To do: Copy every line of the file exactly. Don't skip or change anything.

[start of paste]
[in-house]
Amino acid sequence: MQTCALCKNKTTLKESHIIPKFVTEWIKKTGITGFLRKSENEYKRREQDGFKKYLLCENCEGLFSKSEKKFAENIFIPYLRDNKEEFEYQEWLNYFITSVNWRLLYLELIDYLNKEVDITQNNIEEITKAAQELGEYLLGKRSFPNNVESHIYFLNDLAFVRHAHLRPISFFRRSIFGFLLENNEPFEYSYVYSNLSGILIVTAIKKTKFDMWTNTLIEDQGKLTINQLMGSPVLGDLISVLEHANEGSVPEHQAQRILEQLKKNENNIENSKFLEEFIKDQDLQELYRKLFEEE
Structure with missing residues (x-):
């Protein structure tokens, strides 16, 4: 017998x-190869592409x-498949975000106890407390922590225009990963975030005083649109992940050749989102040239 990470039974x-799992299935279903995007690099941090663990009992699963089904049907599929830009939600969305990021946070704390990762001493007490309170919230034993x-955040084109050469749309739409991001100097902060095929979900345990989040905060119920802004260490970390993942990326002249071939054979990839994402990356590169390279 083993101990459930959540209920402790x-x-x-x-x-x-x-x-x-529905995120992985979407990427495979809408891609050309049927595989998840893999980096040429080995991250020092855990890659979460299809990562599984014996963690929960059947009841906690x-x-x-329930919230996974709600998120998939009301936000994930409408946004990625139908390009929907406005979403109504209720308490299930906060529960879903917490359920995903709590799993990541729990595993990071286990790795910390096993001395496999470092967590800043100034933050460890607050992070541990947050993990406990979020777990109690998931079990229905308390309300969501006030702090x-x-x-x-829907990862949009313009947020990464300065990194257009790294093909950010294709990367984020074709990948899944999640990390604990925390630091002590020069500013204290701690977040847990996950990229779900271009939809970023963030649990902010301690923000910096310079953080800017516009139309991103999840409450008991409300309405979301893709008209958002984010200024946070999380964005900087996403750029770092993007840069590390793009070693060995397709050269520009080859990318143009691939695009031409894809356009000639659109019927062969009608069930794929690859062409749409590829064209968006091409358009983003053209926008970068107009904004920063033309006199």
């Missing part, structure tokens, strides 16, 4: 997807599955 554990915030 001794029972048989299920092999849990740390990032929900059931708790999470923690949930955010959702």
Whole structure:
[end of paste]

[in-house]
Amino acid sequence: MQTCALCKNKTTLKESHIIPKFVTEWIKKTGITGFLRKSENEYKRREQDGFKKYLLCENCEGLFSKSEKKFAENIFIPYLRDNKEEFEYQEWLNYFITSVNWRLLYLELIDYLNKEVDITQNNIEEITKAAQELGEYLLGKRSFPNNVESHIYFLNDLAFVRHAHLRPISFFRRSIFGFLLENNEPFEYSYVYSNLSGILIVTAIKKTKFDMWTNTLIEDQGKLTINQLMGSPVLGDLISVLEHANEGSVPEHQAQRILEQLKKNENNIENSKFLEEFIKDQDLQELYRKLFEEE
Structure with missing residues (x-):
């Protein structure tokens, strides 16, 4: 017998x-190869592409x-498949975000106890407390922590225009990963975030005083649109992940050749989102040239 990470039974x-799992299935279903995007690099941090663990009992699963089904049907599929830009939600969305990021946070704390990762001493007490309170919230034993x-955040084109050469749309739409991001100097902060095929979900345990989040905060119920802004260490970390993942990326002249071939054979990839994402990356590169390279 083993101990459930959540209920402790x-x-x-x-x-x-x-x-x-529905995120992985979407990427495979809408891609050309049927595989998840893999980096040429080995991250020092855990890659979460299809990562599984014996963690929960059947009841906690x-x-x-329930919230996974709600998120998939009301936000994930409408946004990625139908390009929907406005979403109504209720308490299930906060529960879903917490359920995903709590799993990541729990595993990071286990790795910390096993001395496999470092967590800043100034933050460890607050992070541990947050993990406990979020777990109690998931079990229905308390309300969501006030702090x-x-x-x-829907990862949009313009947020990464300065990194257009790294093909950010294709990367984020074709990948899944999640990390604990925390630091002590020069500013204290701690977040847990996950990229779900271009939809970023963030649990902010301690923000910096310079953080800017516009139309991103999840409450008991409300309405979301893709008209958002984010200024946070999380964005900087996403750029770092993007840069590390793009070693060995397709050269520009080859990318143009691939695009031409894809356009000639659109019927062969009608069930794929690859062409749409590829064209968006091409358009983003053209926008970068107009904004920063033309006199």
């Missing part, structure tokens, strides 16, 4: 997807599955 554990915030 001794029972048989299920092999849990740390990032929900059931708790999470923690949930955010959702």
Whole structure: